Zinc’s importance in fertility is shown yet again!
Research into nutrition and nutrients is increasing and increasing fast. The realisation that the quality of your sex cells will be determined by your nutrient and nutritional intake is starting to be recognised. There are obviously a myriad of factors that will influence the quality of your sex cells, including sperm and egg cells.
However, your nutrient intake will determine the structure of these cells and it is the starting point for correcting infertility. The results of Pillar Healthcare’s study are in and the results will demonstrate this (to be published in February – email firstname.lastname@example.org to find out more now).
Sparks literally fly when a sperm and an egg hit it off. The fertilised mammalian egg releases from its surface billions of zinc atoms in “zinc sparks,” one wave after another, a Northwestern University-led interdisciplinary research team has found.
Using cutting-edge technology they developed, the researchers are the first to capture images of these molecular fireworks and pinpoint the origin of the zinc sparks: tiny zinc-rich packages just below the egg’s surface.
Zinc fluctuations play a central role in regulating the biochemical processes that ensure a healthy egg-to-embryo transition, and this new unprecedented quantitative information should be useful in improving in vitro fertilisation methods.
“The amount of zinc released by an egg could be a great marker for identifying a high-quality fertilised egg, something we can’t do now,” said Teresa K. Woodruff, an expert in ovarian biology and one of two corresponding authors of the study. “If we can identify the best eggs, fewer embryos would need to be transferred during fertility treatments. Our findings will help move us toward this goal.”
Zinc is equally important for the quality and structure of both sperm and egg cells. Zinc is also important for the production and management of both male and female hormones. Even if you think you have a diet high in zinc, a 30mg supplement should be considered, possibly with some copper, around 3mg. Zinc helps to create one of the most important antioxidant enzymes, SuperOxide Dismutase, which is key in protecting sperm cells on its journey to the fallopian tubes.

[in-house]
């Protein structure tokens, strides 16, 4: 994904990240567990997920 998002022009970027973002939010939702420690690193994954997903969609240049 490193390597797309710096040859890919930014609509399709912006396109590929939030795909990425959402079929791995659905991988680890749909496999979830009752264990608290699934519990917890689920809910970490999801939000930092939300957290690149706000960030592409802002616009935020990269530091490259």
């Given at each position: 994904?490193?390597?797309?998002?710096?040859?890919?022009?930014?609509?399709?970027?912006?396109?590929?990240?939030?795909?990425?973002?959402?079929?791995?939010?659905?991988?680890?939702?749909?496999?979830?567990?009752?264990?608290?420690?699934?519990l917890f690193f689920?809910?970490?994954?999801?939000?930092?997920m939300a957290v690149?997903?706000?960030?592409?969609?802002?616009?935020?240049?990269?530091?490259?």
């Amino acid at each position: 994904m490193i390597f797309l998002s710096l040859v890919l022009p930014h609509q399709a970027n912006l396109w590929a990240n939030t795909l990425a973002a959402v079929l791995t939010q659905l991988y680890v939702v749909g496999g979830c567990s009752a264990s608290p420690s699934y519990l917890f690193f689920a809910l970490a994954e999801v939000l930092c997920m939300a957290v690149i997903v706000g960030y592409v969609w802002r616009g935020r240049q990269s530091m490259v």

The study establishes how eggs compartmentalize and distribute zinc to control the developmental processes that allow the egg to become a healthy embryo. Zinc is part of a master switch that controls the decision to grow and change into a completely new genetic organism.
The studies reported in Nature Chemistry are the culmination of six years of work.
According to a 1995 National Food Survey, nine out of 10 people are grossly deficient in this essential mineral. This is because many foods are stripped in the process of being refined, and because of depletion of the soil due to intensive farming. Wheat, for example, contains zinc, but 80 per cent is removed in the manufacture of bread to extend its shelf life. (Daily Mail)
However, a study by the University of Surrey gives hope that ‘unexplained infertility’ is not as inexplicable as previously believed. It shows that couples with a history of infertility, can achieve a phenomenal 80 per cent success rate if they alter their lifestyle, diet and take nutritional supplements.
Common Food Sources of Zinc are:
- Pumpkin seeds
- Whole grains
For more information on Pillar Healthcare, click HERE